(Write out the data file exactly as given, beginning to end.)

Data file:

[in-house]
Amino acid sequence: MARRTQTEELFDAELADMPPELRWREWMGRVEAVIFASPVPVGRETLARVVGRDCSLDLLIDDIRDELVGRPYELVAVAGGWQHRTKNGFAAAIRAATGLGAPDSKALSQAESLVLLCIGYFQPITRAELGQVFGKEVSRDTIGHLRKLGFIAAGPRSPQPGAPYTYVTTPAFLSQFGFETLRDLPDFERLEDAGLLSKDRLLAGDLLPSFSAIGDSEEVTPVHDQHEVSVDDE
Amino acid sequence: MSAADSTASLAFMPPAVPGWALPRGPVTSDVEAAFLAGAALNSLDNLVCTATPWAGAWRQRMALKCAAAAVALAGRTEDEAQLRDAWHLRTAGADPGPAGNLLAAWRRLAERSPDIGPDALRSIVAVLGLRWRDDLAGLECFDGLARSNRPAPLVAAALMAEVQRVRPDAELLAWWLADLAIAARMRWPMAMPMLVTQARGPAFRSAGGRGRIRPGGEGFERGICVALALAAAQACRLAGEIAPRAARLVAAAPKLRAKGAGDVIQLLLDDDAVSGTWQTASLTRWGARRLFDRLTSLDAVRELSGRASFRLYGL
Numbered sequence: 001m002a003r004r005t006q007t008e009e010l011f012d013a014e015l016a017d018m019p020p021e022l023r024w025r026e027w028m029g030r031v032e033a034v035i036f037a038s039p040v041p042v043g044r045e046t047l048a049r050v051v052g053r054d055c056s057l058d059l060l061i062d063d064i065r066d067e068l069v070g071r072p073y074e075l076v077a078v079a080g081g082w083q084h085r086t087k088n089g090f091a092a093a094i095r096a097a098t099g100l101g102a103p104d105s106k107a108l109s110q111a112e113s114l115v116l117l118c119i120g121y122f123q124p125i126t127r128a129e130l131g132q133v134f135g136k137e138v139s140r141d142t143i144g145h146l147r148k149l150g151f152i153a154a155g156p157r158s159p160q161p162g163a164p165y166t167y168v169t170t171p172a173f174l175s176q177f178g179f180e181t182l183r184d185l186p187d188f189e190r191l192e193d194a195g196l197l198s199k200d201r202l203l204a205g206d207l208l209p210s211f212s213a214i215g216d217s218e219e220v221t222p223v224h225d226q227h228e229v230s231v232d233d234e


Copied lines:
[in-house]
Amino acid sequence: MARRTQTEELFDAELADMPPELRWREWMGRVEAVIFASPVPVGRETLARVVGRDCSLDLLIDDIRDELVGRPYELVAVAGGWQHRTKNGFAAAIRAATGLGAPDSKALSQAESLVLLCIGYFQPITRAELGQVFGKEVSRDTIGHLRKLGFIAAGPRSPQPGAPYTYVTTPAFLSQFGFETLRDLPDFERLEDAGLLSKDRLLAGDLLPSFSAIGDSEEVTPVHDQHEVSVDDE
Amino acid sequence: MSAADSTASLAFMPPAVPGWALPRGPVTSDVEAAFLAGAALNSLDNLVCTATPWAGAWRQRMALKCAAAAVALAGRTEDEAQLRDAWHLRTAGADPGPAGNLLAAWRRLAERSPDIGPDALRSIVAVLGLRWRDDLAGLECFDGLARSNRPAPLVAAALMAEVQRVRPDAELLAWWLADLAIAARMRWPMAMPMLVTQARGPAFRSAGGRGRIRPGGEGFERGICVALALAAAQACRLAGEIAPRAARLVAAAPKLRAKGAGDVIQLLLDDDAVSGTWQTASLTRWGARRLFDRLTSLDAVRELSGRASFRLYGL
Numbered sequence: 001m002a003r004r005t006q007t008e009e010l011f012d013a014e015l016a017d018m019p020p021e022l023r024w025r026e027w028m029g030r031v032e033a034v035i036f037a038s039p040v041p042v043g044r045e046t047l048a049r050v051v052g053r054d055c056s057l058d059l060l061i062d063d064i065r066d067e068l069v070g071r072p073y074e075l076v077a078v079a080g081g082w083q084h085r086t087k088n089g090f091a092a093a094i095r096a097a098t099g100l101g102a103p104d105s106k107a108l109s110q111a112e113s114l115v116l117l118c119i120g121y122f123q124p125i126t127r128a129e130l131g132q133v134f135g136k137e138v139s140r141d142t143i144g145h146l147r148k149l150g151f152i153a154a155g156p157r158s159p160q161p162g163a164p165y166t167y168v169t170t171p172a173f174l175s176q177f178g179f180e181t182l183r184d185l186p187d188f189e190r191l192e193d194a195g196l197l198s199k200d201r202l203l204a205g206d207l208l209p210s211f212s213a214i215g216d217s218e219e220v221t222p223v224h225d226q227h228e229v230s231v232d233d234e